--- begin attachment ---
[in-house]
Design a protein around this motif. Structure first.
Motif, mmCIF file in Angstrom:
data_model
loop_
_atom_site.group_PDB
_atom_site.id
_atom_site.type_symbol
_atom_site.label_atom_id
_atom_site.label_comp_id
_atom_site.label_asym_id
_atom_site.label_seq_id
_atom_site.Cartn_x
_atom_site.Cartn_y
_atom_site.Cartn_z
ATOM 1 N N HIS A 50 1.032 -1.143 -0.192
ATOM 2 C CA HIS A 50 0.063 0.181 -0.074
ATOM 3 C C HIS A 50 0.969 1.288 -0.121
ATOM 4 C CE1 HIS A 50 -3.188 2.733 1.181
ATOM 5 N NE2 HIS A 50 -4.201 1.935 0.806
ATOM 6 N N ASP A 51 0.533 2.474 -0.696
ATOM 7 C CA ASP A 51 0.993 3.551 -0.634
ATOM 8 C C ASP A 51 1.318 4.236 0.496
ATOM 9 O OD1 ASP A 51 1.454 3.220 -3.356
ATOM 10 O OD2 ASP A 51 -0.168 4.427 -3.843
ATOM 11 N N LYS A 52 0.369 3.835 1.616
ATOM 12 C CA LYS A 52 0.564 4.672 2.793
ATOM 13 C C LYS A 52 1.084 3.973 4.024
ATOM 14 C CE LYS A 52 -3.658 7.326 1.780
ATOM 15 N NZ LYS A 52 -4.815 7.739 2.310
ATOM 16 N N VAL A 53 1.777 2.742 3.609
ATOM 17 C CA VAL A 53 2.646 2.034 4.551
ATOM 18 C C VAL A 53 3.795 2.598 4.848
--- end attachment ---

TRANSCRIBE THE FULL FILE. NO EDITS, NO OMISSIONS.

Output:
[in-house]
Design a protein around this motif. Structure first.
Motif, mmCIF file in Angstrom:
data_model
loop_
_atom_site.group_PDB
_atom_site.id
_atom_site.type_symbol
_atom_site.label_atom_id
_atom_site.label_comp_id
_atom_site.label_asym_id
_atom_site.label_seq_id
_atom_site.Cartn_x
_atom_site.Cartn_y
_atom_site.Cartn_z
ATOM 1 N N HIS A 50 1.032 -1.143 -0.192
ATOM 2 C CA HIS A 50 0.063 0.181 -0.074
ATOM 3 C C HIS A 50 0.969 1.288 -0.121
ATOM 4 C CE1 HIS A 50 -3.188 2.733 1.181
ATOM 5 N NE2 HIS A 50 -4.201 1.935 0.806
ATOM 6 N N ASP A 51 0.533 2.474 -0.696
ATOM 7 C CA ASP A 51 0.993 3.551 -0.634
ATOM 8 C C ASP A 51 1.318 4.236 0.496
ATOM 9 O OD1 ASP A 51 1.454 3.220 -3.356
ATOM 10 O OD2 ASP A 51 -0.168 4.427 -3.843
ATOM 11 N N LYS A 52 0.369 3.835 1.616
ATOM 12 C CA LYS A 52 0.564 4.672 2.793
ATOM 13 C C LYS A 52 1.084 3.973 4.024
ATOM 14 C CE LYS A 52 -3.658 7.326 1.780
ATOM 15 N NZ LYS A 52 -4.815 7.739 2.310
ATOM 16 N N VAL A 53 1.777 2.742 3.609
ATOM 17 C CA VAL A 53 2.646 2.034 4.551
ATOM 18 C C VAL A 53 3.795 2.598 4.848